sermon on John 4:3-29,39-42
Here’s a little project a few of us already got to work on in Bible study. This Bible reading is regularly seen as a contrast or paired story with the one we heard last week of Nicodemus. So if you can recall last week’s reading (and listened today), we could make a chart comparing the differences of the two:
That list helps us to see the place of this woman.
Now, we recall that Nicodemus was displaced from the center: he didn’t have an advantage in understanding Jesus or receiving blessing from him. Nevertheless, we end up feeling that Nicodemus was the insider, and this unnamed Samaritan woman the absolute outsider. Such a system that would label the man more directly the insider maintains a damaging patriarchy that makes presumptions to exclude this woman.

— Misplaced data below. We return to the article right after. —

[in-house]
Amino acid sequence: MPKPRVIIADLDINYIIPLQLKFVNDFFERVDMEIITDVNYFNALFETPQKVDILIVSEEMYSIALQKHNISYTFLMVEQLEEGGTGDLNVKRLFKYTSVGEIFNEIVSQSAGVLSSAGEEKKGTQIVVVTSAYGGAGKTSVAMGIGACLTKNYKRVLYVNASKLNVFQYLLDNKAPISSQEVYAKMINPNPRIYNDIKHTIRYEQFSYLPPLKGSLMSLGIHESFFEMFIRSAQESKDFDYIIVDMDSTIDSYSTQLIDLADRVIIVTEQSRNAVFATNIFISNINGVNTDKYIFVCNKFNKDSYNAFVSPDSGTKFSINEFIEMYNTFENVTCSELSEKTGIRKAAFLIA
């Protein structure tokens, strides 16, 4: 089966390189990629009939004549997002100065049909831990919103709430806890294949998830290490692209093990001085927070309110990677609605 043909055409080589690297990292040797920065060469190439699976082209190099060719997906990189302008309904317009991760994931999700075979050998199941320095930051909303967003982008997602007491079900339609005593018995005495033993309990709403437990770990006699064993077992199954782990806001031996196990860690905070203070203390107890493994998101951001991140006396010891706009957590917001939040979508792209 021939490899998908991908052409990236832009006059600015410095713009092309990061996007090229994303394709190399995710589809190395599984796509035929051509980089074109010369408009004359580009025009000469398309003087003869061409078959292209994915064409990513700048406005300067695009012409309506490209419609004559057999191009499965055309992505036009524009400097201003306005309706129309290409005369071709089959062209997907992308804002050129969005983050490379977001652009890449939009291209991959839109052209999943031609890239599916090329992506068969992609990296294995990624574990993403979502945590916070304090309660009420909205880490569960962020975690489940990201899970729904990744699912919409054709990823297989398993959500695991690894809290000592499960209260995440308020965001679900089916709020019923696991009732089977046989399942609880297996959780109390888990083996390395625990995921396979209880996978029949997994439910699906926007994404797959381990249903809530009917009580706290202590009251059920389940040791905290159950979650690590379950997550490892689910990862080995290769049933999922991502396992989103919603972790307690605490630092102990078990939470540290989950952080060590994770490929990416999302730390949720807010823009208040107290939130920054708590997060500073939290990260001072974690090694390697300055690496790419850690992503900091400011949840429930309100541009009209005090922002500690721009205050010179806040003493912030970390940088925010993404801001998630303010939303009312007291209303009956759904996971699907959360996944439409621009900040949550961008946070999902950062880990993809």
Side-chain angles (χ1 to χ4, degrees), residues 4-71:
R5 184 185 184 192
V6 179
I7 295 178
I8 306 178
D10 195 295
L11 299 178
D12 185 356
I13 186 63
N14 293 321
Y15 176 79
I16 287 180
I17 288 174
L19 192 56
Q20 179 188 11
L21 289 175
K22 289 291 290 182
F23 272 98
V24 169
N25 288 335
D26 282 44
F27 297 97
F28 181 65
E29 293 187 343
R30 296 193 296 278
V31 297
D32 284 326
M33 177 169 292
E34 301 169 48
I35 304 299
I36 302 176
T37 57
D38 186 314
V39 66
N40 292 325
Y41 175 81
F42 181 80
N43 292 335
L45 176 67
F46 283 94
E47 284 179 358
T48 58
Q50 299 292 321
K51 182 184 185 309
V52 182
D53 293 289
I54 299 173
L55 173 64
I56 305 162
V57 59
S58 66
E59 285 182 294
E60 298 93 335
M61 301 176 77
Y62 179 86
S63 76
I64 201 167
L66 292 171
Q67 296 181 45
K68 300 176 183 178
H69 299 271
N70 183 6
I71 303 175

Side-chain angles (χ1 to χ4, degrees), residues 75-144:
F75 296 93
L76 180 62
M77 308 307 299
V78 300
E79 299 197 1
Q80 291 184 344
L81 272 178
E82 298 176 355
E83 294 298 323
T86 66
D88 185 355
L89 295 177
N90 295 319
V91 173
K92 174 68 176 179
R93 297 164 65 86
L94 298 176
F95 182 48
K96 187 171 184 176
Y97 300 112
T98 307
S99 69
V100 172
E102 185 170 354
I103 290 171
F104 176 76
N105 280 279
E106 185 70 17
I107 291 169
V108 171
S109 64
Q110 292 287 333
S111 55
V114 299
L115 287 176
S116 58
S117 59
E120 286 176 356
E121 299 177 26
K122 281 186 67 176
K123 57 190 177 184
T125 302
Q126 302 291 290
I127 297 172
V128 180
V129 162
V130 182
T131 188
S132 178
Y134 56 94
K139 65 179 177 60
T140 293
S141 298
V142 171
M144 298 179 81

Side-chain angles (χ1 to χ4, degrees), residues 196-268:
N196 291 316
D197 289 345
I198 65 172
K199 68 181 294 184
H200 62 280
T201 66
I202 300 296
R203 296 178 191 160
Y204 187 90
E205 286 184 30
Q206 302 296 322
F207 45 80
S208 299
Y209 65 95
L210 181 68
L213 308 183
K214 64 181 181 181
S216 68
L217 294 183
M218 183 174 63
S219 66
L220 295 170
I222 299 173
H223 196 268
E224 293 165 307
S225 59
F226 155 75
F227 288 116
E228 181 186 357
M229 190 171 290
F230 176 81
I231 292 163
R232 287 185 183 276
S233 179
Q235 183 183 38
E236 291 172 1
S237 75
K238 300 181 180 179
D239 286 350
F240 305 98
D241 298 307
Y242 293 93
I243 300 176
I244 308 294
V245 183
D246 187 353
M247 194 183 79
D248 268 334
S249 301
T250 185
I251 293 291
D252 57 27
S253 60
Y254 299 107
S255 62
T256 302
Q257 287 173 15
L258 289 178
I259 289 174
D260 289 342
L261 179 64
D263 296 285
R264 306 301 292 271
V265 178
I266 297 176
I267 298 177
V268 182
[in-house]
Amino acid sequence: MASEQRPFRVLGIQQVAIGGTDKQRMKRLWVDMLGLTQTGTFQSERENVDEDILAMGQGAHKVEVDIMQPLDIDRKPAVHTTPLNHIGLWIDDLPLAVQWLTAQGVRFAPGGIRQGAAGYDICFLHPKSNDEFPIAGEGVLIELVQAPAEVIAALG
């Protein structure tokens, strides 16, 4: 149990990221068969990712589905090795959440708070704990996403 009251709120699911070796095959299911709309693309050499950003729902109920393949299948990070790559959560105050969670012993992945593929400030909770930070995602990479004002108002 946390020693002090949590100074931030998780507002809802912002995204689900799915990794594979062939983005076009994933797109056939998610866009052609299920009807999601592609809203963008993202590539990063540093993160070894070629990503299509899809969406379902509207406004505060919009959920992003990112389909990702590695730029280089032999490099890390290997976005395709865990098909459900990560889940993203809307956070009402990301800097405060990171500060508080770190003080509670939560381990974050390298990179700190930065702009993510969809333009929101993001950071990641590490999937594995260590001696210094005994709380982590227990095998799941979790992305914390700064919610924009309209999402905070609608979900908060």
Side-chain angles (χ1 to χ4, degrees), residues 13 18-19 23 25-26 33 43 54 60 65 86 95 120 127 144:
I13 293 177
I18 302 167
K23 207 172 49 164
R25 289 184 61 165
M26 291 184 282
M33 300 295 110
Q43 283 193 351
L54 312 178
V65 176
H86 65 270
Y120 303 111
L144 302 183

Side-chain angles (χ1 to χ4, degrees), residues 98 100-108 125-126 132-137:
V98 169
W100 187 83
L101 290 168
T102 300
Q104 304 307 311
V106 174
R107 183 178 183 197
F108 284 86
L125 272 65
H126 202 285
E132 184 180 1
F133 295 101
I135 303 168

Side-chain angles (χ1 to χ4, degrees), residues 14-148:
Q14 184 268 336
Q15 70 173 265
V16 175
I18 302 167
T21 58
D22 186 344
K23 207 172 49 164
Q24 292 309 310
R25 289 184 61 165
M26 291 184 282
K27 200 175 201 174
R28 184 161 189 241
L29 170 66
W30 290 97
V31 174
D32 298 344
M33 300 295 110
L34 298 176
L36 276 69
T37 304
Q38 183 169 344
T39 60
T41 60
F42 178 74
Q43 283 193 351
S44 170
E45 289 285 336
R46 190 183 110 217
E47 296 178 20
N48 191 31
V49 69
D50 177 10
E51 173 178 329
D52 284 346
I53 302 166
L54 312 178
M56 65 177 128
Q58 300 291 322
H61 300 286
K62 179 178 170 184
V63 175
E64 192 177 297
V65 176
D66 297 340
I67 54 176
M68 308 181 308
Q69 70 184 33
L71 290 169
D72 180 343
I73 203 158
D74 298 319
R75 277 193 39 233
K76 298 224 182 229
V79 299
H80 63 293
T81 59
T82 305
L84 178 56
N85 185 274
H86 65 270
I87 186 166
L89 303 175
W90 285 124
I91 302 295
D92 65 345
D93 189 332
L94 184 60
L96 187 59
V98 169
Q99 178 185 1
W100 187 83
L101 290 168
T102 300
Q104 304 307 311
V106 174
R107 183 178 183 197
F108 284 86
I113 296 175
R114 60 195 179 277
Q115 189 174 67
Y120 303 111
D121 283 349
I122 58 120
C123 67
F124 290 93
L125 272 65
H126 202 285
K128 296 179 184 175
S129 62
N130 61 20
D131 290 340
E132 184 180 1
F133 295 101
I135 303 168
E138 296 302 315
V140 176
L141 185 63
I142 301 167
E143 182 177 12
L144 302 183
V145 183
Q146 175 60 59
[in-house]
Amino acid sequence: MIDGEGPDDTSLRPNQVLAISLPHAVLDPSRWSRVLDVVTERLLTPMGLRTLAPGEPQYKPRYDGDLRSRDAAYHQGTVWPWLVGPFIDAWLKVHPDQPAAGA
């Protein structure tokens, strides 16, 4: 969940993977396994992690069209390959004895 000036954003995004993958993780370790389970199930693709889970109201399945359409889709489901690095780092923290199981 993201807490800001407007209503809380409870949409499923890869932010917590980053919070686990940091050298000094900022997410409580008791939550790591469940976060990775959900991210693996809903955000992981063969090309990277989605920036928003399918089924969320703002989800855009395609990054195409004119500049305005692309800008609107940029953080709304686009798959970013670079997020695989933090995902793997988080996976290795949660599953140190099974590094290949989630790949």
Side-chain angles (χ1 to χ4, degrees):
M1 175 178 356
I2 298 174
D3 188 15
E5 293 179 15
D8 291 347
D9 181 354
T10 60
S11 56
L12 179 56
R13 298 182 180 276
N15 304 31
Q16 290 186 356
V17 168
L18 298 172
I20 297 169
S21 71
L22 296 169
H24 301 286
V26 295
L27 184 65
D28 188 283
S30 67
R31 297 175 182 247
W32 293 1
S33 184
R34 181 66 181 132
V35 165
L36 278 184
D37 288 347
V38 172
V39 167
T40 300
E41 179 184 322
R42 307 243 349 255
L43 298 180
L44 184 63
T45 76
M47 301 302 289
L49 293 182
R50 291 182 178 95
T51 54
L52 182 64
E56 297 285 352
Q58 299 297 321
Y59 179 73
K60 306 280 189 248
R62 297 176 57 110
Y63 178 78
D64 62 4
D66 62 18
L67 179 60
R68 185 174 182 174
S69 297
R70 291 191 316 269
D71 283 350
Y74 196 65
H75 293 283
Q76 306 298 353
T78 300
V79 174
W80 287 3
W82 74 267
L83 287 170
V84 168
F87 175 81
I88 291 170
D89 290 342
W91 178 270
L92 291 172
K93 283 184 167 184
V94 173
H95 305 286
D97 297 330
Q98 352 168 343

We continue to live into a better world with the #MeToo and Time’s Up movements against sexual abuse by powerful male perpetrators, as these continue to change the systems and change the perspective of many people, especially those who were too apt to distrust a woman’s accusations, to sweep harmful behavior under a rug, to favor predators over the innocent.
But those rotten stereotypes have often figured into this story, too. Nicodemus becomes an honestly seeking good guy, while the Samaritan woman must be the bad girl. We have too many terms for a woman who has been through five husbands and now is living with someone else, and all of those terms are singularly disparaging to the woman and ignorant of the man.
It echoes the story of the woman caught in adultery later in the Gospel of John. That story won’t be in the Narrative Lectionary this year, and isn’t in our other Sunday Bible readings, either. Yet we know this story about a woman who is about to be put to death until Jesus says, “Let one without sin cast the first stone.” The story illustrates that none of us is perfect (while still feeling like that woman is less perfect). But what is much too rarely noticed is why it’s only a woman there. How did they catch her in adultery but not catch the man she was with?! It’s a story that is based in treating the woman as the worse or even sole offender.